With a new year comes new possibilities. 2022 was a challenging year for investors, to say the least. An exuberantly robust economy and low unemployment rate, couple with years of quantitative easing by the Federal Reserve, has fueled inflation to a 40 year high. In an attempt to cool off the economy and dampen inflation, the Fed has aggressively raised interest rates 7 times throughout 2022, with a total increase of 425 basis points which equates to a 4.25% interest rate hike, which is roughly where the yield on the two-year treasury is trading.
As rates rise, bond values typically fall. And in this case, stock prices have fallen as well, in tandem, as analysts have revamped their earnings outlooks to the downside. It is inevitable that, at some point, this monetary tightening is certain to slow down economic growth, right? The trick is, can they do it without sending us into another recession? Though we "technically" have been in a recession, since the first two quarters of 2022 reflected by negative GDP (gross domestic product) growth, which is the academic definition of a recession.
We have seen historically and unusually low interest rates for almost 2 decades, since the economy grappled with the great recession. Well, now, we're finally experiencing a return to normal. Yes, borrowing costs are up, the housing market is cooling, earnings outlooks are slowing, but at the end of the day, it's business as usual. Corporate America will adjust. Times like these, demand companies cut the fat and eliminate excesses. This "cleaning up" is a healthy process on the path to the next economic expansion.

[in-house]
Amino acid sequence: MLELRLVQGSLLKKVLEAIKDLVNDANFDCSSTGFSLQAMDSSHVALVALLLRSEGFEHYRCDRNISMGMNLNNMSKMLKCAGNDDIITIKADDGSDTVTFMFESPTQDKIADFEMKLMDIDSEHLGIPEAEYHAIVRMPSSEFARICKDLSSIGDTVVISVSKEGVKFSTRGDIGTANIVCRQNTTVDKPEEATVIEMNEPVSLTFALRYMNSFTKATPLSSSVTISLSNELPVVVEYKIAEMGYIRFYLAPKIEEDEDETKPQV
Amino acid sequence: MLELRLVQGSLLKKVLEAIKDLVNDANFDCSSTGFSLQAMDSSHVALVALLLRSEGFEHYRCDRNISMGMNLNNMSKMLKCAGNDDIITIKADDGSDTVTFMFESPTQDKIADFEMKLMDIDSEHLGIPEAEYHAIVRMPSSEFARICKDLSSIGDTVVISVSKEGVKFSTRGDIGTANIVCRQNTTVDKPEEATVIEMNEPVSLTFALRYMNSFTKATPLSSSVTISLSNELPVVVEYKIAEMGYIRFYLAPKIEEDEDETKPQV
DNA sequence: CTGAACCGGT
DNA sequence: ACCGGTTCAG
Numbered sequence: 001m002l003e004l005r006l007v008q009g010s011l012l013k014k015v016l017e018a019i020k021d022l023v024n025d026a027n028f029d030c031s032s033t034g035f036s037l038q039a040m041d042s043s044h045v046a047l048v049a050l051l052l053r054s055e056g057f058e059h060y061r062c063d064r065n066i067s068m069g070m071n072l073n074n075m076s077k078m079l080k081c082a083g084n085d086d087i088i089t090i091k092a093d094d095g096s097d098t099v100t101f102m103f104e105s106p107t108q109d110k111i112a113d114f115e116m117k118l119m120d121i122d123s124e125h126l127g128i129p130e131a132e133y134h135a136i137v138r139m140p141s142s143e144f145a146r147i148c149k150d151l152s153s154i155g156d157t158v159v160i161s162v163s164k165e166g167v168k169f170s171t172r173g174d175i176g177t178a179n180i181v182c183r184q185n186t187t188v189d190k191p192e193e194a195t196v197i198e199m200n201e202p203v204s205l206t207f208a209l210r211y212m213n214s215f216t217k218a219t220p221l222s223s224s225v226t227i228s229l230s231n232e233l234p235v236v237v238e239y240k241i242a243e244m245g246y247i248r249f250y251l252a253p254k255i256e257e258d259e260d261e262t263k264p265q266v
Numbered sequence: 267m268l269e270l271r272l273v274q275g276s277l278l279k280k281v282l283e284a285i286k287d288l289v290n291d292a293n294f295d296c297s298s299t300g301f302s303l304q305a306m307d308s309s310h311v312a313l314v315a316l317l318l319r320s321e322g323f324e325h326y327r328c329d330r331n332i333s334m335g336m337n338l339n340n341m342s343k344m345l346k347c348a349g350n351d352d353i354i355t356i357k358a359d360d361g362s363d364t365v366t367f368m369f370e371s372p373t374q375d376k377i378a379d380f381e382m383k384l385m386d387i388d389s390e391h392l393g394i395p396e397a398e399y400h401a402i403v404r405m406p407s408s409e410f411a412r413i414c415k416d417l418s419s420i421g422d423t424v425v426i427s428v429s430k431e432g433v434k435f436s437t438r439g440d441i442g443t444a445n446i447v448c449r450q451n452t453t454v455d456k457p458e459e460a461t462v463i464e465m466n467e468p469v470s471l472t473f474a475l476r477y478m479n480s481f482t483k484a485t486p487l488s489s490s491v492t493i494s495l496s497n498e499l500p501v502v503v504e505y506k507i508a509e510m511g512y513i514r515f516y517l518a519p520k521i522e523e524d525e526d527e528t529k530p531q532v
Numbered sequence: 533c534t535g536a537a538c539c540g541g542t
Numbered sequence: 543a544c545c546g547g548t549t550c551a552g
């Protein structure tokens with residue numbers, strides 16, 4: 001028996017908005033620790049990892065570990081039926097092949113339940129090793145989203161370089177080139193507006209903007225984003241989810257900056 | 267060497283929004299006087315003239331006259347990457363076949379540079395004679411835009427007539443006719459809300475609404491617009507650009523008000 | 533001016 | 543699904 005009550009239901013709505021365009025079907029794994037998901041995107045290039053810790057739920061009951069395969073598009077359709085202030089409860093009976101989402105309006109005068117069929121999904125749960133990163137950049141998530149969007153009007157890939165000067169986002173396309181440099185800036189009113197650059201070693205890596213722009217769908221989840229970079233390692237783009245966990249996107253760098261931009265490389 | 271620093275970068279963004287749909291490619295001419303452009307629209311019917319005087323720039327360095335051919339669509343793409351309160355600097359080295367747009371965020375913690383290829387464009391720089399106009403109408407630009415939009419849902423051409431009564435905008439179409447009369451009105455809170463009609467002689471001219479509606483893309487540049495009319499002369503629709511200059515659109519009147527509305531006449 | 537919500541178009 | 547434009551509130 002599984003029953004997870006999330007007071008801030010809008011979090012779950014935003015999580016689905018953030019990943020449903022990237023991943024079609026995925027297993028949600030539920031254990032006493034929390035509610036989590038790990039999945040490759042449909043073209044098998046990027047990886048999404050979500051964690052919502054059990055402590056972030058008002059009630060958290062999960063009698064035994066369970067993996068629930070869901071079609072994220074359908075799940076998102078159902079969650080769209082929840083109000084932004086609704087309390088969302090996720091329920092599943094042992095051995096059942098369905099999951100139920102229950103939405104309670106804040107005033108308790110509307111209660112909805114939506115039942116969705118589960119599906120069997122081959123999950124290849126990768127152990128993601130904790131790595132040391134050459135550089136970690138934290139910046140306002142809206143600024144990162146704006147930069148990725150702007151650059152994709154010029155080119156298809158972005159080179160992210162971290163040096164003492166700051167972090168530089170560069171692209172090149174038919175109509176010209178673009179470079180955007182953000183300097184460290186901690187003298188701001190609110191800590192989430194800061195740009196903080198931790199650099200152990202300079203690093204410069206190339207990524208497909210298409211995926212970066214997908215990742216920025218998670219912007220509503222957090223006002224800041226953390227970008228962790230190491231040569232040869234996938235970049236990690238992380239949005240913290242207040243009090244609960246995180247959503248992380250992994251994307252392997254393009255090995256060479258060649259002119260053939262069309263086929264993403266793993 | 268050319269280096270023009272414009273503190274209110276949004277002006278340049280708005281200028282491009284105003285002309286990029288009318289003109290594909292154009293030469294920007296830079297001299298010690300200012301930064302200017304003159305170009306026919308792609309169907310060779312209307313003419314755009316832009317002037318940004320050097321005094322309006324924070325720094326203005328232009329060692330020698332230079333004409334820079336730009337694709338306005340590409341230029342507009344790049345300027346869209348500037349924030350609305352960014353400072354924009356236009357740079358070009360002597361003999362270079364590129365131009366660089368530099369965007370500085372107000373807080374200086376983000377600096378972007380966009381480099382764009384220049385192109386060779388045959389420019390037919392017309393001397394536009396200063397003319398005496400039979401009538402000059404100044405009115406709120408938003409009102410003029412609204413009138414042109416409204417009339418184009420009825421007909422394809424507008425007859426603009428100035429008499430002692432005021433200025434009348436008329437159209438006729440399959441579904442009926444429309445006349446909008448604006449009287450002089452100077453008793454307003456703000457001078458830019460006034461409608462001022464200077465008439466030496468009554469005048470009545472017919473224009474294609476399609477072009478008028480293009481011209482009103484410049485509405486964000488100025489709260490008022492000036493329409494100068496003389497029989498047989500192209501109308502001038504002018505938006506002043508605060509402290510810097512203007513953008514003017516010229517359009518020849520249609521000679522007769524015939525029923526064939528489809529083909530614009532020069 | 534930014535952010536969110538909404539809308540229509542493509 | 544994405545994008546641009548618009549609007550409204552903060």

The one silver lining I can see, is there is now, finally a respectable place for ultra conservative investors to invest. Currently, with 6-month CD rates around 4.5% it offers retirees a place to earn a reasonable rate of return without any risk, finally! However, there is still a quandary. As the cost of living is rising (measured by CPI - the Consumer Price Index) a 4.5% CD is losing buying power to the rising costs of goods and services, when inflation is running hot at 8%. So, a carefully thought-out retirement plan, still needs to consider the long-term impact of inflation and utilize assets that can outpace it.
At some point, I'm confident inflation will tamper down, and the economy and the stock market will make a resurgence. In the meantime, patience is paramount. If you have questions or concerns about your investments, give us a call at 386-299-2893.